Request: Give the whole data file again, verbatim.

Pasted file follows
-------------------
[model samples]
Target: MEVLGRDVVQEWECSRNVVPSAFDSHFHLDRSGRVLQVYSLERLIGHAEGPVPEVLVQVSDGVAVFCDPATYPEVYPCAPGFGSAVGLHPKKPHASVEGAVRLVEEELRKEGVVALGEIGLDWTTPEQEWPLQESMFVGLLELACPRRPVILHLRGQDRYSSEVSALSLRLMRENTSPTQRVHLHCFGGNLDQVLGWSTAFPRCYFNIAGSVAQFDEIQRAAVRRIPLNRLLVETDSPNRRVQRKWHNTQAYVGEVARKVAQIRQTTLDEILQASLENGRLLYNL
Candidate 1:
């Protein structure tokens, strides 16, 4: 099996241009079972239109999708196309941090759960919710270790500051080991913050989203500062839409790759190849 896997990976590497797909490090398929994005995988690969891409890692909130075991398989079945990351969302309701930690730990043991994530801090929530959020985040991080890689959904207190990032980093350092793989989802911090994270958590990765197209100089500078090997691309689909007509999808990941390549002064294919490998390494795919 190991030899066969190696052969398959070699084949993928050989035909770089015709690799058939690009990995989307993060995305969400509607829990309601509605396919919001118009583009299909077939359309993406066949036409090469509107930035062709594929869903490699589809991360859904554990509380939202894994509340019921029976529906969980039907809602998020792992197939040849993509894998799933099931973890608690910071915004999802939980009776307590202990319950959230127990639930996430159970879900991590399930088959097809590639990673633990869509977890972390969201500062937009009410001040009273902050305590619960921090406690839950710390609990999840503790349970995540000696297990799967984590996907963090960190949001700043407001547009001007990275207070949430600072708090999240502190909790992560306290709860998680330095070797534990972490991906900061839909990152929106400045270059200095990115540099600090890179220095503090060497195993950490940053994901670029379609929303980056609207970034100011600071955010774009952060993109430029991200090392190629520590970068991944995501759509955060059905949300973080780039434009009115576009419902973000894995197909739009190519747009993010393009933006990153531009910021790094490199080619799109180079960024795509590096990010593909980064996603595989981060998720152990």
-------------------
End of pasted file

[model samples]
Target: MEVLGRDVVQEWECSRNVVPSAFDSHFHLDRSGRVLQVYSLERLIGHAEGPVPEVLVQVSDGVAVFCDPATYPEVYPCAPGFGSAVGLHPKKPHASVEGAVRLVEEELRKEGVVALGEIGLDWTTPEQEWPLQESMFVGLLELACPRRPVILHLRGQDRYSSEVSALSLRLMRENTSPTQRVHLHCFGGNLDQVLGWSTAFPRCYFNIAGSVAQFDEIQRAAVRRIPLNRLLVETDSPNRRVQRKWHNTQAYVGEVARKVAQIRQTTLDEILQASLENGRLLYNL
Candidate 1:
């Protein structure tokens, strides 16, 4: 099996241009079972239109999708196309941090759960919710270790500051080991913050989203500062839409790759190849 896997990976590497797909490090398929994005995988690969891409890692909130075991398989079945990351969302309701930690730990043991994530801090929530959020985040991080890689959904207190990032980093350092793989989802911090994270958590990765197209100089500078090997691309689909007509999808990941390549002064294919490998390494795919 190991030899066969190696052969398959070699084949993928050989035909770089015709690799058939690009990995989307993060995305969400509607829990309601509605396919919001118009583009299909077939359309993406066949036409090469509107930035062709594929869903490699589809991360859904554990509380939202894994509340019921029976529906969980039907809602998020792992197939040849993509894998799933099931973890608690910071915004999802939980009776307590202990319950959230127990639930996430159970879900991590399930088959097809590639990673633990869509977890972390969201500062937009009410001040009273902050305590619960921090406690839950710390609990999840503790349970995540000696297990799967984590996907963090960190949001700043407001547009001007990275207070949430600072708090999240502190909790992560306290709860998680330095070797534990972490991906900061839909990152929106400045270059200095990115540099600090890179220095503090060497195993950490940053994901670029379609929303980056609207970034100011600071955010774009952060993109430029991200090392190629520590970068991944995501759509955060059905949300973080780039434009009115576009419902973000894995197909739009190519747009993010393009933006990153531009910021790094490199080619799109180079960024795509590096990010593909980064996603595989981060998720152990």